The Treatment of PTSD Has Been Destabilised……

by the advent of stabilisation groups and overvaluing trauma focussed CBT. In the wake of an extreme trauma IAPT clients can be referred to stabilisation groups. Such groups will often meet weekly for 6 weeks and participants are encouraged not to talk about the trauma but rather about its effects. However there is no empirical evidence that such groups make a real world difference. In support of such groups the work of Judith Herman  [ Group Trauma Treatment in Early Recovery (2019) Guilford Press] is often cited, her groups are for those in ‘early recovery’ but there is no specification of what is meant by ‘early’ or from what the person is recovering. IAPT’s assessment process is as vague as Judith Herman’s.

 

Sienna, a Civil Servant had a horrendous rta and after an IAPT telephone assessment was referred to a stabilisation group, she assumed it was for PTSD. The group made no difference to her functioning, nor did the 3 individual sessions of trauma focusssed cbt afterwards. Sienna dropped out of the TFCBT because it was too painful but she never did have PTSD!

 

But the problems in the treatment of PTSD are not confined to IAPT. Although trauma focussed CBT (TFCBT) is the NICE recommended treatment for PTSD, inspection of the randomised controlled trials reveals that on average only one in two people recover. NICE’s guidance can be overvalued, with clinicians continuing to pursue TFCBT when it is clearly not working. With a parallel insistence that they confront the scene of their trauma. Client’s are often more pragmatic thinking that they could get by without re-exposure to the scene, but with the therapist urging the client not to be ‘defeated’. Given the power imbalance the client is unlikely to be able to effectively voice their opinion. There is a pressing need for creative solutions when TFCBT doesn’t work and for a re-examination of the theory on which the latter rests.

I am proposing to run a ‘Getting Back To Me’ workshop next year.

 

Dr Mike Scott 

‘CBT: The Cognitive Behavioural Tsunami:…’ engulfing IAPT

this is the title of a just published book by Farhad Dalal, [ London, Routledge] it is a scathing critique of IAPT and its’ ‘managerialism’. Staff too afraid to speak out publicly, a concern primarily for operational matters: numbers and waiting lists. The author reviews randomised controlled trials to try and ascertain the proportion of people who actually get better. Dalal rightly sees IAPT’s claim to a 50% recovery rate as preposterous and its’ criterion for treatment attending at least 2 sessions as unbelievable.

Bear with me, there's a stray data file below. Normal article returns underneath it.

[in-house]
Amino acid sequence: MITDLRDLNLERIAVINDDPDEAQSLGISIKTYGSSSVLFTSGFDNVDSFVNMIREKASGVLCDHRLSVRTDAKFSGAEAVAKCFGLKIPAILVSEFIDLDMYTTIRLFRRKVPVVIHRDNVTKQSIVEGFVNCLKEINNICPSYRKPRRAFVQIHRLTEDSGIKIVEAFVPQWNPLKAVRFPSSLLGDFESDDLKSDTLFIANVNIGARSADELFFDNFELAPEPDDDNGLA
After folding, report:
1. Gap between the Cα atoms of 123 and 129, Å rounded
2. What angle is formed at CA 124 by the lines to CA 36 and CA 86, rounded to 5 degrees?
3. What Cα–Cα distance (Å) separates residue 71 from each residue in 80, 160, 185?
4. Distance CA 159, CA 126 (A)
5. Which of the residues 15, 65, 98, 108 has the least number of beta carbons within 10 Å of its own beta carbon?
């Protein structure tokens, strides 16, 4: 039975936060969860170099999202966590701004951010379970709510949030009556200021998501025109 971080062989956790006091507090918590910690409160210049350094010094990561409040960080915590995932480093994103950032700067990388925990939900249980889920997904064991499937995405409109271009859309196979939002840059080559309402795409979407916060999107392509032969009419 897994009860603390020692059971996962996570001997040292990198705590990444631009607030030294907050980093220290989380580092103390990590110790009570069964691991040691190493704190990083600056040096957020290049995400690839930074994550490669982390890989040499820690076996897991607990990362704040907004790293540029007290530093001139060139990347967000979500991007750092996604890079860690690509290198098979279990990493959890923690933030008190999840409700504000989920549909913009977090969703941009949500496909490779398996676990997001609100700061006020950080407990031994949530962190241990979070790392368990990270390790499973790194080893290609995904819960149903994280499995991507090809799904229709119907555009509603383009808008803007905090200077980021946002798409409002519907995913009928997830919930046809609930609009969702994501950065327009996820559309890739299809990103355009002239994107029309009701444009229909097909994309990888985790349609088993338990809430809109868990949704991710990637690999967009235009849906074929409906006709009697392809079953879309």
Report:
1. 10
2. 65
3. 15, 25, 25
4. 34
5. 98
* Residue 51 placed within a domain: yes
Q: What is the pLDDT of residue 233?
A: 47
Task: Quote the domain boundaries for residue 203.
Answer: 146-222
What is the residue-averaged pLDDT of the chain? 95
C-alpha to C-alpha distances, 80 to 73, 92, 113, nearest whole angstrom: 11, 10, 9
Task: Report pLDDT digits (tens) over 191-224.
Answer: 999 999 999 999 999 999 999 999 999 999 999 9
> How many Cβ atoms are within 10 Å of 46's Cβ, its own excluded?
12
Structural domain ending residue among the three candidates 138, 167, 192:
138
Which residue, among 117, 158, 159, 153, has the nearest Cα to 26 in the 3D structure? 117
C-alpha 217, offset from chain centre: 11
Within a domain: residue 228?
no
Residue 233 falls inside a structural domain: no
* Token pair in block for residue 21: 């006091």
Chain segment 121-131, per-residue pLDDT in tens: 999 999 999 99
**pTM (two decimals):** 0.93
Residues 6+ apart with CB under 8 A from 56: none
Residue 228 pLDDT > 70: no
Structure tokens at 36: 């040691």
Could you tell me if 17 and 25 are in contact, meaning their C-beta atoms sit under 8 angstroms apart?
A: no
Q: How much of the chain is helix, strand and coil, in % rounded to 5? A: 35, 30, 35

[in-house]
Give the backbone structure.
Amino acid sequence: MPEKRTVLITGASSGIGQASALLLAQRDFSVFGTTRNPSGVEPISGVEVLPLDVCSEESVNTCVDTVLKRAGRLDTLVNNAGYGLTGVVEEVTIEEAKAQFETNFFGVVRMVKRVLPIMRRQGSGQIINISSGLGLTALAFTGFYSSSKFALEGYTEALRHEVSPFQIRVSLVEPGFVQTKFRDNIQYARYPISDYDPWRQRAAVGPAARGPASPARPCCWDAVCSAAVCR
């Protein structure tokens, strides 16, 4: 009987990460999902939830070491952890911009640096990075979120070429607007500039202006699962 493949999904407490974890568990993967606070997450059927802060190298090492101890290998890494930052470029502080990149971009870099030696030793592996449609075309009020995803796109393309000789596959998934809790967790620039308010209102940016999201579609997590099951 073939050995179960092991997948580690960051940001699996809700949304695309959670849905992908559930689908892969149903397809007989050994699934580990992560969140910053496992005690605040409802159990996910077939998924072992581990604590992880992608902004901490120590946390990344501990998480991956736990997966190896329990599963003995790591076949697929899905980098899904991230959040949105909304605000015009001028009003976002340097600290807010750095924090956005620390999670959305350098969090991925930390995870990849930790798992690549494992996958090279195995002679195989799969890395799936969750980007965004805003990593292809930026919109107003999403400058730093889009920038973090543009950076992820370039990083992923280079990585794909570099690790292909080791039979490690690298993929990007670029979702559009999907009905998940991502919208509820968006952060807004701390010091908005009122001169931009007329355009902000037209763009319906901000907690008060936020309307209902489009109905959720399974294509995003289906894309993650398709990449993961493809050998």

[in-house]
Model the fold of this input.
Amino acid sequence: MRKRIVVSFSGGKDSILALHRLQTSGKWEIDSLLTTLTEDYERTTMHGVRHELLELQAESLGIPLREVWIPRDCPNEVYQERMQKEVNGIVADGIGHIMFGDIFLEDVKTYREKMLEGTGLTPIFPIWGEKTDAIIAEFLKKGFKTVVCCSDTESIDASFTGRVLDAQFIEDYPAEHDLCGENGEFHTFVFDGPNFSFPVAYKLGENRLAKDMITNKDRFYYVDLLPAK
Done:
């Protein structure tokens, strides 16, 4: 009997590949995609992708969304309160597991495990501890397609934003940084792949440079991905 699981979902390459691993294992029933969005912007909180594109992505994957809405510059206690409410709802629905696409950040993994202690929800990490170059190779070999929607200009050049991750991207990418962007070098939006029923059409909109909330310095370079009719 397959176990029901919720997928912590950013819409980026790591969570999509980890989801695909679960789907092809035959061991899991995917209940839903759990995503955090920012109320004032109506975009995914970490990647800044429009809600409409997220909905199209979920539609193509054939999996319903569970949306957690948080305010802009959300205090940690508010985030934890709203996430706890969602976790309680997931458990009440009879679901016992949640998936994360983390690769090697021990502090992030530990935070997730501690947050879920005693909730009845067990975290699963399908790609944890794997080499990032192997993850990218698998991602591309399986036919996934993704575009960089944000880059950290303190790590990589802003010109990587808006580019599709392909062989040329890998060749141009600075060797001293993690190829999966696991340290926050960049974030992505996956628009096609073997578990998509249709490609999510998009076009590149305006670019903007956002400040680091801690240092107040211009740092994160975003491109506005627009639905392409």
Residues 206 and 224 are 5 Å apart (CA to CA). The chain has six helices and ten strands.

Curiously, Dalal appears not to have heard of my study that showed a recovery rate of just 10%.:

https://www.dropbox.com/s/flvxtq2jyhmn6i1/IAPT%20The%20Need%20for%20Radical%20Reform.pdf?dl=0

It was possible for me to invalidate IAPT’s claims precisely because I used the DSM criteria that Dalal decries. Unfortunately Dalal, as a group analyst would create a psychological therapy service without any evidence base.

In 2014 Ehlers, Clark et al published a ‘gold standard’ randomised controlled trial of the treatment of PTSD

https://www.dropbox.com/s/yqq5v94iiaobyoe/PTSD%20EHlers%202014%203%20out%20of%204%20recover%20cbt%202%20out%20of%204%20emotin-focussed%20support.pdf?dl=0

what makes it ‘gold standard’ was that a) assessment was conducted using a standardised semi-structured interview of high reliability b) outcome was assessed independently of treating clinician using the standardised initial interview, making it possible to specify what proportion of people were no longer suffering from the disorder c) there was a follow up to determine if treatment gains were maintained d) there was a credible attention control condition, so that it was possible to determine whether there was something specific in the treatment that made a difference.

Set against this ‘gold standard’ there is to my knowledge no study of any low intensity therapy that has met the above criterion. Quite simply low intensity interventions do not have a reliable evidence base. Further routine practice can also be assessed using criteria a) b) and c) but this has never been done in relation to IAPT except by myself in a limited context.

This ‘Tsunami’ may destroy everything in its’ path, but we have to know what would constitute the building of an evidence based mental health system see Towards a Mental Health System That Works (2017) Scott London: Routledg: https://www.amazon.co.uk/Towards-Mental-Health-System-Works/dp/1138932965/ref=sr_1_2?ie=UTF8&qid=1550698217&sr=8-2&keywords=Towards+a+Mental

BBC News Video critique of IAPT here: https://vimeo.com/316124732

Dr Mike Scott

The Cost of IAPT Is At Least Five Times Greater Than Claimed

The British Medical Journal has just published the following letter of mine online with the above title:

‘Six years ago a News headline in the BMJ proclaimed ‘Increasing access to psychological therapies will cost NHS nothing’ BMJ 2012; 344 doi: https://doi.org/10.1136/bmj.e4250, citing a report of Lord Layard  of the Mental Health Policy Group of the Centre for Economic Performance http://cep.lse.ac.uk/_new/research/mentalhealth/default.asp, that claimed ‘after an average of 10 sessions half the people with anxiety conditions will recover, most of them permanently, and half the patients with depression will recover’ .  Far from being substantiated an independent assessment by Scott (2018), http://journals.sagepub.com/doi/pdf/10.1177/1359105318755264, using a standardised diagnostic interview, suggest a 10% recovery rate. This represents a five-fold increase of the cost of treatment per cured person.